The holidays are full of hustle and bustle, running errands, buying gifts, baking, hosting family and friends…the list goes on. During all of the chaos, your children are watching and taking everything in. It’s the perfect time to teach them about being thankful. What exactly does it mean to be truly thankful and how do you teach that to a preschooler? We’ve broken it down into five simple topics and how to discuss them with your toddler.
1. It’s the small things
It’s important to be thankful all year round, but taking advantage of instilling those beliefs and thought patterns this time of year is opportune. There is so much to be thankful for. Talking about the little things that we see and take advantage of each day is a great start. Each night before bed list three things you are grateful for that day. Topics can range from a yummy lunch, a warm car to drive in, a play-date, or a new book. Explain to your child that we need to look at life with a thankful heart, even when our days may not go our way. There will ALWAYS be something to be thankful for. If you have older children who have learned to read & write, now would be a great time to start journaling. Writing down all the things you’re grateful for is a powerful and meaningful practice to start young.
2. Giving is receiving
Instead of talking about Christmas gifts for them & what they want this year, talk about those who are less fortunate than you. Visit a local store that does a giving tree and have each child choose an ornament with a child’s age and needs on the list to shop for. Remind them to imagine if they were that child. What would THEY be grateful to receive for Christmas? For those of you with preschoolers and toddlers who may not be able to fully comprehend the idea of what’s happening, that’s ok! Let them still take part and make it a tradition you do each year as they grow older.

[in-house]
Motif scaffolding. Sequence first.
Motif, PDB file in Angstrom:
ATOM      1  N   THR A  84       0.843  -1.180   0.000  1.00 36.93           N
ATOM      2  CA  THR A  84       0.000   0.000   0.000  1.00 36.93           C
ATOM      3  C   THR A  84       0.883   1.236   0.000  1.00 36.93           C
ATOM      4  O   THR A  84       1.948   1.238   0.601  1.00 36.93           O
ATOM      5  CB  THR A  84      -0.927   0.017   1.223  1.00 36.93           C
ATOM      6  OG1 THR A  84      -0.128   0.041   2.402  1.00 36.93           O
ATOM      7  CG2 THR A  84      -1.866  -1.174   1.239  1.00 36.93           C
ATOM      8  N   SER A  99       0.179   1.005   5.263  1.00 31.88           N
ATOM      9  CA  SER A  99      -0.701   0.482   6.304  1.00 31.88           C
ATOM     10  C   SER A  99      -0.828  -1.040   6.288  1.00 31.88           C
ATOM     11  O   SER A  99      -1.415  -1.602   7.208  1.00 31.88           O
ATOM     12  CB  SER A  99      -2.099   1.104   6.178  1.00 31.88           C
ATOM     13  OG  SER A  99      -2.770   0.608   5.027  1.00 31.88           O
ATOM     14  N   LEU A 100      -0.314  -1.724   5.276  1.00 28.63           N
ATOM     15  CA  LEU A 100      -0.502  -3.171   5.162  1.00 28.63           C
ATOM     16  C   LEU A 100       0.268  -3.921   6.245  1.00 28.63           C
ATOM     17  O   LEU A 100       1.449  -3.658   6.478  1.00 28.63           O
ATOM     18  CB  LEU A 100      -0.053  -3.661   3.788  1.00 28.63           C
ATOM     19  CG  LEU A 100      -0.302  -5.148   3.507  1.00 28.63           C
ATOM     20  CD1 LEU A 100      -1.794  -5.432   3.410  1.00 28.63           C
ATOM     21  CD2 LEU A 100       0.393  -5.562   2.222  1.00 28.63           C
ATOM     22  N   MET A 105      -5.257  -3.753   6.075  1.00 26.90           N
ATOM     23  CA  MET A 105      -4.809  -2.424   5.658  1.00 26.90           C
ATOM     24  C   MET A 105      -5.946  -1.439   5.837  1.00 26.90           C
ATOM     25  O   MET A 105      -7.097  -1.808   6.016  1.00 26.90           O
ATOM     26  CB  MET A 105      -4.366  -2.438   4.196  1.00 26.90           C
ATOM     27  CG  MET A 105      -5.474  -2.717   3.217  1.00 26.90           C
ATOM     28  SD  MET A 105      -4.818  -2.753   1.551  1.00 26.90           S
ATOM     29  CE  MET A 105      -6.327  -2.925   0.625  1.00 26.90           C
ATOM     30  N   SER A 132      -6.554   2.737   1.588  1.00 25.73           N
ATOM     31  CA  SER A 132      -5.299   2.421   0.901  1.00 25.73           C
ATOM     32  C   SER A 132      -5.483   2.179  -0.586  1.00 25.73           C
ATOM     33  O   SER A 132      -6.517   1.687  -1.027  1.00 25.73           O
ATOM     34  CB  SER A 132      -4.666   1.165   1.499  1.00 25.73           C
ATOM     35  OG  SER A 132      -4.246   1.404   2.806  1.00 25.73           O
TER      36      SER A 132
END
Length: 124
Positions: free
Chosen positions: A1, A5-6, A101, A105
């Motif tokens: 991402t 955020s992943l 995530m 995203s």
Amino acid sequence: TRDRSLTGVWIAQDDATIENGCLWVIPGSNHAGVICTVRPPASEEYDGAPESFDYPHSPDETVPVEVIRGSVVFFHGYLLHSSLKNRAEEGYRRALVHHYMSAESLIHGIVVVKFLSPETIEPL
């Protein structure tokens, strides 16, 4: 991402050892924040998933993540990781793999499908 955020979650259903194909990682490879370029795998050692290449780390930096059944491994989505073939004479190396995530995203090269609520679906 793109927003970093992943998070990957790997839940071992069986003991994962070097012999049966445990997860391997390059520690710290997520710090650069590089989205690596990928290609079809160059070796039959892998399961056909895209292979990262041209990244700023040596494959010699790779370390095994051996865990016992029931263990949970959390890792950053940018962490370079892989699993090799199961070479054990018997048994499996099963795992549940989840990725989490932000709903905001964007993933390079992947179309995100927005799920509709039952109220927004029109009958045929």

3. Expressing gratitude frequently
Being able to say you are thankful is something that should be second nature. To help ensure your child understands its importance, help prompt a verbal “thank you” and an explanation of why you’re grateful and when to relay it out loud. Watching you express gratitude to your friends, strangers who bag your groceries, gas station attendants, or the UPS driver, will help set a good example that saying “thank you” when someone is helpful and kind is substantial. Cue your child to write a thank you card when they receive a gift from a loved one or a kind gesture from a sibling. They will continue to grasp the meaning of being truly appreciative. Indicate the reason for the gift, “Aunt Mary gave you that scarf because she knew you loved to play outside in the snow and wanted you to keep warm. Wasn’t that a kind gesture?”
4. Generous acts of kindness (with a little help)
Children like to feel helpful. Putting your preschooler in charge of a simple task will build their confidence and sense of competency. Assign a chore to set the Thanksgiving table. A child who is entrusted to assist with important family responsibilities will soon find they enjoy serving others. Be sure the task you assign is manageable and that it’s real work, not busy work since even preschoolers know the difference. The goal is to make your child feel like a capable, contributing member of the family. It’s always fun to sing and dance while doing chores or helping a friend.
Sung to: “Row, row, row your boat”
I’m thankful for my friends and for my family.
I’m thankful for the food I eat –
I’m happy to be me!
5. Learn through play
“Play is the work of the child” Maria Montessori. We all want our children to develop thankful hearts and believe that the best way for them to learn is through play. Introduce a game or two that teaches gratitude. Some great ideas include:
Do not stress out if your toddler doesn’t thank you after you help them with something, they are still learning and with consistency and a willing heart, they will be grateful for your patience and dedication in their childhood development.
As educators and parents, it’s our main goal to help each child become a self-assured, independent, life-long learner. We are here to help assist and guide you, setting your child up for long-term success. Continue to teach regularly at home through communication, reading, music & by example. We are thankful for you and all you do.